The Irish Times view on pandemic-related mortgage payment breaks

There is a cost. Who should pay? Borrowers? Other customers? Or taxpayers who continue to hold large stakes in the main banks?

The industry in March committed, following talks with Minister for Finance Paschal Donohoe, to three-month payment breaks on household and business loans. Photograph: The Irish Times

The industry in March committed, following talks with Minister for Finance Paschal Donohoe, to three-month payment breaks on household and business loans. Photograph: The Irish Times

 

The Republic’s retail banks, bailed out by taxpayers and overseas parents following the property crash, seemed determined to have a good Covid-19 crisis.

While the industry in March committed, following talks with Minister for Finance Paschal Donohoe, to three-month payment breaks on household and business loans, in reality, most had already earlier promised they would offer payment pauses. It was seen as a win-win for the banks. Being among the first in Europe to offer such relief would go a long way to restoring trust in an industry still – rightly – scarred by the legacy of the Celtic Tiger years and tracker mortgage scandal. But it also avoided an immediate fresh arrears spike as the country headed into lockdown.

There were teething problems. There were anecdotal reports of front-line bank officials in the early days not on message that this was not a standard moratorium, requiring proof of employment and information on savings. The breaks were essentially to be offered to anyone reporting financial difficulties as a result of Covid-19.

When banks set up the payment breaks, they were keen to ensure they would not affect borrowers’ credit ratings or how the loans were accounted for on their books. To do this, they looked to 2014 EU banking rules providing that if interest isn’t being accrued on a loan, it is taken as a borrower’s unlikeliness to pay – tipping them into default territory. So the banks decided to continue to apply interest. European regulators clarified this week that special Covid-19 payment breaks allow for the accrual or non-accrual of interest, without triggering default. However, the main banks have said that they will continue to apply interest.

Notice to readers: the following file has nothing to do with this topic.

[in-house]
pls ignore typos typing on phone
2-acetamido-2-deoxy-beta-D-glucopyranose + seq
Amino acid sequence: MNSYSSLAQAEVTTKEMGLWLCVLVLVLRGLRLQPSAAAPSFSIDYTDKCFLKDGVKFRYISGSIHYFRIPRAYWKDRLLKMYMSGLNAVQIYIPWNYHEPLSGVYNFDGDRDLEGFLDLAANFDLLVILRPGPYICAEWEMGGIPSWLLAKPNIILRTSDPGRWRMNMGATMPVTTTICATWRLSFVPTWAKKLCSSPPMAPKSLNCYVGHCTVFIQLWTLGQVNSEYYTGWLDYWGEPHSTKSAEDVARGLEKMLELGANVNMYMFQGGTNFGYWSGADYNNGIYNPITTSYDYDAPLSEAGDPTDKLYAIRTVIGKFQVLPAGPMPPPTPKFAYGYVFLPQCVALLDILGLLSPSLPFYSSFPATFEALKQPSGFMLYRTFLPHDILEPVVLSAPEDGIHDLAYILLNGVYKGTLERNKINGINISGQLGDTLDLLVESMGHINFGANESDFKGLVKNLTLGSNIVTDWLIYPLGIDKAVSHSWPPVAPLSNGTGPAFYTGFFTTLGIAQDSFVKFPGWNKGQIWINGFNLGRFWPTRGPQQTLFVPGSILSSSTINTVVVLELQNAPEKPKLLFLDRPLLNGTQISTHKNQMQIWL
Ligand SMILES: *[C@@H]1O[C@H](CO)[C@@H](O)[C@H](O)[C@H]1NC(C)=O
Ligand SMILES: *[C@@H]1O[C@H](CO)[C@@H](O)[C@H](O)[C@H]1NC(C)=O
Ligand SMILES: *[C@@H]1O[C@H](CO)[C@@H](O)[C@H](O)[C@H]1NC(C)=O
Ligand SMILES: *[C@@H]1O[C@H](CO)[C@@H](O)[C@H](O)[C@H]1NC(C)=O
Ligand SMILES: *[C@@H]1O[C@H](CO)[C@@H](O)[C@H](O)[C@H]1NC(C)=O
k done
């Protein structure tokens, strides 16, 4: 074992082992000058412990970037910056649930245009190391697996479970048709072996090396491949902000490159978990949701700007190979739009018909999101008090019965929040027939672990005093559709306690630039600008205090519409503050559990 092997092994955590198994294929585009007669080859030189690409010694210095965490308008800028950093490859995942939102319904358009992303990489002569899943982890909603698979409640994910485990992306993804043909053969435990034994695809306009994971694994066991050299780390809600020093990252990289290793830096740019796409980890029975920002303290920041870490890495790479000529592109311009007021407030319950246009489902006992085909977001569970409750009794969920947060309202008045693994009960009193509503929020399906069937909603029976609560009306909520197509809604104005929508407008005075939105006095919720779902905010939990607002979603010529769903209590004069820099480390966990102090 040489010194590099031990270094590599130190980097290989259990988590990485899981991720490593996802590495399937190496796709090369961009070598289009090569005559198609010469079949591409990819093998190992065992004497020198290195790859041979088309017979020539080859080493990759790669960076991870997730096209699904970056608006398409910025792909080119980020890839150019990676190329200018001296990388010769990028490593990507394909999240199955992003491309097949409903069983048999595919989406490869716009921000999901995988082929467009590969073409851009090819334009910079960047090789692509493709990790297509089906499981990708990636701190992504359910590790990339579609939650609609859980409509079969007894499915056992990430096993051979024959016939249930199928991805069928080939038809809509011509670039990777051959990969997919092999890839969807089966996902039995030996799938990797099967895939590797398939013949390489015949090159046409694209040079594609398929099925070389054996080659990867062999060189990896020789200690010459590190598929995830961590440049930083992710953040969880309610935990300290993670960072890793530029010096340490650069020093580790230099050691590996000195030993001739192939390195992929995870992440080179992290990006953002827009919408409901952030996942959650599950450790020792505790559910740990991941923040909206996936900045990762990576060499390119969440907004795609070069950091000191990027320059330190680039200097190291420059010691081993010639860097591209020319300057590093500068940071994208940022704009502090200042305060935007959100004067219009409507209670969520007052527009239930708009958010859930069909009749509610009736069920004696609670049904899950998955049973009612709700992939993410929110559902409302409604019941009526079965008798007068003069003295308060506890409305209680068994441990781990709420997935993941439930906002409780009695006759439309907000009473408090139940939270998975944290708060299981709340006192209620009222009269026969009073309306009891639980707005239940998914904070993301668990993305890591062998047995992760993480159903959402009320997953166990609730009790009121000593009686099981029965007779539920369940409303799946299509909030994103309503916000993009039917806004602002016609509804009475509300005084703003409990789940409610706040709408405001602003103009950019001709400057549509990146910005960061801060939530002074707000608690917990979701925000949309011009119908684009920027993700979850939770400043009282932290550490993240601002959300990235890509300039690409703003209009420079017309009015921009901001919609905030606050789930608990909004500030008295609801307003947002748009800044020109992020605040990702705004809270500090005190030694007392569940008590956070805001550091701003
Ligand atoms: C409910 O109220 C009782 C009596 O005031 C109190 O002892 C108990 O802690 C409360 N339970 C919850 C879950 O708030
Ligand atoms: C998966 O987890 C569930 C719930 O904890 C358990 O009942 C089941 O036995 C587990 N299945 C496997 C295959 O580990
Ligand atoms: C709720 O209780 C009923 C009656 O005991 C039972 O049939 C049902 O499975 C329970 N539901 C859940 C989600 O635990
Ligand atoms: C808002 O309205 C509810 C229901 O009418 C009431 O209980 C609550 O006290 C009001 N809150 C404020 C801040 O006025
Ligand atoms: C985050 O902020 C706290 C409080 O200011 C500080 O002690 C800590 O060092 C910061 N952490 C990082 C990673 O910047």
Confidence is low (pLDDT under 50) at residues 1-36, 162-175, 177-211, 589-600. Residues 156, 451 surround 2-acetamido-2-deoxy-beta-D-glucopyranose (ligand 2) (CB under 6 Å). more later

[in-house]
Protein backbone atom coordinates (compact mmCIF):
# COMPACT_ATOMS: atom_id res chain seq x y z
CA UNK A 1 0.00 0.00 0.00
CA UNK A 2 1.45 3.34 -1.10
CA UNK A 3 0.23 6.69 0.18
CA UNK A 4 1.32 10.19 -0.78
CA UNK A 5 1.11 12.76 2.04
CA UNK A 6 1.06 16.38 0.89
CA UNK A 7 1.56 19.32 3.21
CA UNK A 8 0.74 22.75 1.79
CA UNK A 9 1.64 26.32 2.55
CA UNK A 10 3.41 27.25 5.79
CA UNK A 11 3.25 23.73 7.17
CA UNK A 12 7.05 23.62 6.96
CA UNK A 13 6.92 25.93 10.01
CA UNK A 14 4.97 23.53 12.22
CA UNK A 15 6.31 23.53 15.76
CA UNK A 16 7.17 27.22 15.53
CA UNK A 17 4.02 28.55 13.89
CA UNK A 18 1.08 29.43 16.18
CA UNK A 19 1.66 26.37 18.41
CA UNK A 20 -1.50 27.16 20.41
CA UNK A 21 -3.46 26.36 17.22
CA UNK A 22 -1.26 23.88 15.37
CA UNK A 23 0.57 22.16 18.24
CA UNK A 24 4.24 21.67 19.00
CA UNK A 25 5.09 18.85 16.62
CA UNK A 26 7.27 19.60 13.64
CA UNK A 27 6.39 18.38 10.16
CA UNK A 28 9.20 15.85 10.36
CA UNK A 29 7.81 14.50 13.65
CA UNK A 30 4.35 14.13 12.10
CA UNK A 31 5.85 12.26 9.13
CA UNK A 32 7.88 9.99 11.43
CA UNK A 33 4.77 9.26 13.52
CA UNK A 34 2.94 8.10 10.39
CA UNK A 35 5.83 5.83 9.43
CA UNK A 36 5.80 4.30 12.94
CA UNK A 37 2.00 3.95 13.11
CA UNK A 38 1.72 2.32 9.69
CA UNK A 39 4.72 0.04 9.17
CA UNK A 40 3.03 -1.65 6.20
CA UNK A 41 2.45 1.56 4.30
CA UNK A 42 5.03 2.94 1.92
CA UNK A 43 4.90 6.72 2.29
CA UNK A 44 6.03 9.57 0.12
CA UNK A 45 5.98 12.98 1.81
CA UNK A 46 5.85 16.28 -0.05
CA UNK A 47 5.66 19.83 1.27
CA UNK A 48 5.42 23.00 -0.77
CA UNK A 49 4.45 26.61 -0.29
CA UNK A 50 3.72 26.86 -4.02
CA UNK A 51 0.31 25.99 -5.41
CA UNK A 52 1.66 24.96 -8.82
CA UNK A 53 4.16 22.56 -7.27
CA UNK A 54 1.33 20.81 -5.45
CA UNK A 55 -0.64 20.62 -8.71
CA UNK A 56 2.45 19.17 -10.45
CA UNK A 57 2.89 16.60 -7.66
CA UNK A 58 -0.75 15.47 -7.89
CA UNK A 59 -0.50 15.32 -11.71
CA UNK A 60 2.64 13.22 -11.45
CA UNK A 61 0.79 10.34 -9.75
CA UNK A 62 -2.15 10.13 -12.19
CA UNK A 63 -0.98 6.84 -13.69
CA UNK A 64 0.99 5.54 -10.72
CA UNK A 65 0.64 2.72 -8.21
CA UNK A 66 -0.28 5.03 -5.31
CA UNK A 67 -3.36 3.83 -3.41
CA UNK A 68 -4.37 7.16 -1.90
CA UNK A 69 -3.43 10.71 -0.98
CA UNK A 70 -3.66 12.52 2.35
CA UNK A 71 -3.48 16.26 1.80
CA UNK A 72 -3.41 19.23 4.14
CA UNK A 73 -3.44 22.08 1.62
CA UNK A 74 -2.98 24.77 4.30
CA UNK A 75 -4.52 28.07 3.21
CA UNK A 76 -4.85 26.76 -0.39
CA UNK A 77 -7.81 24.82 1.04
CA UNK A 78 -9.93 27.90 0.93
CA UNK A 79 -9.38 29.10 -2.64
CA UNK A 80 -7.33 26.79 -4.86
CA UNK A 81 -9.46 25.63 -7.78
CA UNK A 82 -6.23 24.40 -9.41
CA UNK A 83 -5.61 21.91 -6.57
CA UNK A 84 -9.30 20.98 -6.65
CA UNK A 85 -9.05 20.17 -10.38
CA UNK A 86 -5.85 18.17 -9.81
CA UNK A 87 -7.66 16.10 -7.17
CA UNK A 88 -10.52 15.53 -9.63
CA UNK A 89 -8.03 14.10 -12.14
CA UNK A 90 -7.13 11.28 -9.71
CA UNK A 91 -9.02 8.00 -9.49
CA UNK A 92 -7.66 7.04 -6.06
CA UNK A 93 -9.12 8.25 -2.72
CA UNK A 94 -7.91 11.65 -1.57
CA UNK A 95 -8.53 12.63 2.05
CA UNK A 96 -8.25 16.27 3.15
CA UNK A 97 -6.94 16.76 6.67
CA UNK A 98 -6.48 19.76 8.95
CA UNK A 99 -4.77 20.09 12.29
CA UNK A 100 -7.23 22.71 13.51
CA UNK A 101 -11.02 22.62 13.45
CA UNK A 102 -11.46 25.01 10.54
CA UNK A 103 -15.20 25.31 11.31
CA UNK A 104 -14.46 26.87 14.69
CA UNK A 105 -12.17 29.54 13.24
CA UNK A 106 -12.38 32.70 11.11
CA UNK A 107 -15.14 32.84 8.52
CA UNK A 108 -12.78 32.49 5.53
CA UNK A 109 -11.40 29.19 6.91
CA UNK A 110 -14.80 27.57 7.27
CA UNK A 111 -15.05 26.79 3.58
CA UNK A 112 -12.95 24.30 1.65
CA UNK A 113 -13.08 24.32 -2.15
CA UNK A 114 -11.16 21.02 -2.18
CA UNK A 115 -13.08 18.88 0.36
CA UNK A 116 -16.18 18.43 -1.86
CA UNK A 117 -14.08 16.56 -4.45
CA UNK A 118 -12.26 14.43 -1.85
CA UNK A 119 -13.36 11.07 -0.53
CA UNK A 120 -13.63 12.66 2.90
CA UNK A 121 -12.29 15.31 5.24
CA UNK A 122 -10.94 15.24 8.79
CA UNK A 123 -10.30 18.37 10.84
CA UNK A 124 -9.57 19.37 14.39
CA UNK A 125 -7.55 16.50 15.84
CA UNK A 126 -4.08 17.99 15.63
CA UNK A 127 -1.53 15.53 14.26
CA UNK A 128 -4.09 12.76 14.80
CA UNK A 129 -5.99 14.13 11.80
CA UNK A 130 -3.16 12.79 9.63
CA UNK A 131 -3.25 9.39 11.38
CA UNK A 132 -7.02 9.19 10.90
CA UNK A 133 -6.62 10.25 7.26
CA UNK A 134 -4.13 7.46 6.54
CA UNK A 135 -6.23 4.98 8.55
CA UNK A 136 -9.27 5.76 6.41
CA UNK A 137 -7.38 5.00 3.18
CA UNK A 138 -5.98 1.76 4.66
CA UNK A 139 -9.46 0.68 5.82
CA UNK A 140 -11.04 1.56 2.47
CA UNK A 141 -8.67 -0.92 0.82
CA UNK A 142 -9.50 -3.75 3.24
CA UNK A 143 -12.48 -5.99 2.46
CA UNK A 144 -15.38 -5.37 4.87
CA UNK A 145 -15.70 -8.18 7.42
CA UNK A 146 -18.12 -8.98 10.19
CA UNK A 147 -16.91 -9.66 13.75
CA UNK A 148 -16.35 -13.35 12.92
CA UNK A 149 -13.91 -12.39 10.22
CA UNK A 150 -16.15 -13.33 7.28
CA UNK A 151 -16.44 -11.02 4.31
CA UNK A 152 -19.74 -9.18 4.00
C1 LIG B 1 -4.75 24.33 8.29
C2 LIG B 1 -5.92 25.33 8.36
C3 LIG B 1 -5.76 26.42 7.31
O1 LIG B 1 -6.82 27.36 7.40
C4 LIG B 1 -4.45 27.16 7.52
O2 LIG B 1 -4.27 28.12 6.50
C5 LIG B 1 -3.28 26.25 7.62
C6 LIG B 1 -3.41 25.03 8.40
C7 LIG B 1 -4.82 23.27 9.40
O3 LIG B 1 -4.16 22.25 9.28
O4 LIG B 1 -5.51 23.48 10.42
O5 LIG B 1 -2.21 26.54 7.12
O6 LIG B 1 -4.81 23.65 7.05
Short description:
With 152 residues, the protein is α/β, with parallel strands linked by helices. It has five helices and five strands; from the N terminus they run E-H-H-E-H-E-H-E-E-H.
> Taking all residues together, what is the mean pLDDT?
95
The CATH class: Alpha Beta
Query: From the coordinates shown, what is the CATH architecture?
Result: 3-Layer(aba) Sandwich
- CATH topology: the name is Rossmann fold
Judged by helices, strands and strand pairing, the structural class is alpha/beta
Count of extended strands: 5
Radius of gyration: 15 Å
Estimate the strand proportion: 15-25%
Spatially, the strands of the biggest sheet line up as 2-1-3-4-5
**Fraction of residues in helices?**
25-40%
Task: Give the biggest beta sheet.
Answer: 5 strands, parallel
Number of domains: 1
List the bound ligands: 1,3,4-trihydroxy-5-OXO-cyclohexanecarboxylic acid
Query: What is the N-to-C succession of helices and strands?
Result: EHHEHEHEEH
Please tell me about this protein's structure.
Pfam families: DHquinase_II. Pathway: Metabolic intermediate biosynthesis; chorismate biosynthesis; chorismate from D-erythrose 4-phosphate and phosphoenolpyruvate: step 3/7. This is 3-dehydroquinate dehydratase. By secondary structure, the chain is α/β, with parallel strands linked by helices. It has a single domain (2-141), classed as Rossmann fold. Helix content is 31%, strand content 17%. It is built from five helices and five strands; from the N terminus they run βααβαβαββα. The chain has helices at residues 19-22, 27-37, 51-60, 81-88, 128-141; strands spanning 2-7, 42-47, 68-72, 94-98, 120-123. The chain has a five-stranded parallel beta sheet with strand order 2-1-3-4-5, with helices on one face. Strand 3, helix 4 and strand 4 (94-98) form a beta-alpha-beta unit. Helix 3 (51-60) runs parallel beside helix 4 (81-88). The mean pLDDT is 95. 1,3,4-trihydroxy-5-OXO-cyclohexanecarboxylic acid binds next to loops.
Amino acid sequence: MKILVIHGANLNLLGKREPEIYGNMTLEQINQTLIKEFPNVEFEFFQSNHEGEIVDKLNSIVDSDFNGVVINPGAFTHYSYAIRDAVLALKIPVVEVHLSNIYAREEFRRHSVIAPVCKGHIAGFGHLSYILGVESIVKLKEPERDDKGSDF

Goodbody Stockbrokers estimates banks would lose €150 million if they waived interest on 70,000 mortgages subject to payment breaks for six months. And price comparison website Bonkers.ie says that applying interest would add €4,300 to a €300,000 mortgage with 30 years to go. Either way, there is a cost. Who should pay? Borrowers ? Other customers? Or taxpayers, who continue to hold large stakes in the main banks?

The Irish Times Logo
Commenting on The Irish Times has changed. To comment you must now be an Irish Times subscriber.
SUBSCRIBE
GO BACK
Error Image
The account details entered are not currently associated with an Irish Times subscription. Please subscribe to sign in to comment.
Comment Sign In

Forgot password?
The Irish Times Logo
Thank you
You should receive instructions for resetting your password. When you have reset your password, you can Sign In.
The Irish Times Logo
Please choose a screen name. This name will appear beside any comments you post. Your screen name should follow the standards set out in our community standards.
Screen Name Selection

Hello

Please choose a screen name. This name will appear beside any comments you post. Your screen name should follow the standards set out in our community standards.

The Irish Times Logo
Commenting on The Irish Times has changed. To comment you must now be an Irish Times subscriber.
SUBSCRIBE
Forgot Password
Please enter your email address so we can send you a link to reset your password.

Sign In

Your Comments
We reserve the right to remove any content at any time from this Community, including without limitation if it violates the Community Standards. We ask that you report content that you in good faith believe violates the above rules by clicking the Flag link next to the offending comment or by filling out this form. New comments are only accepted for 3 days from the date of publication.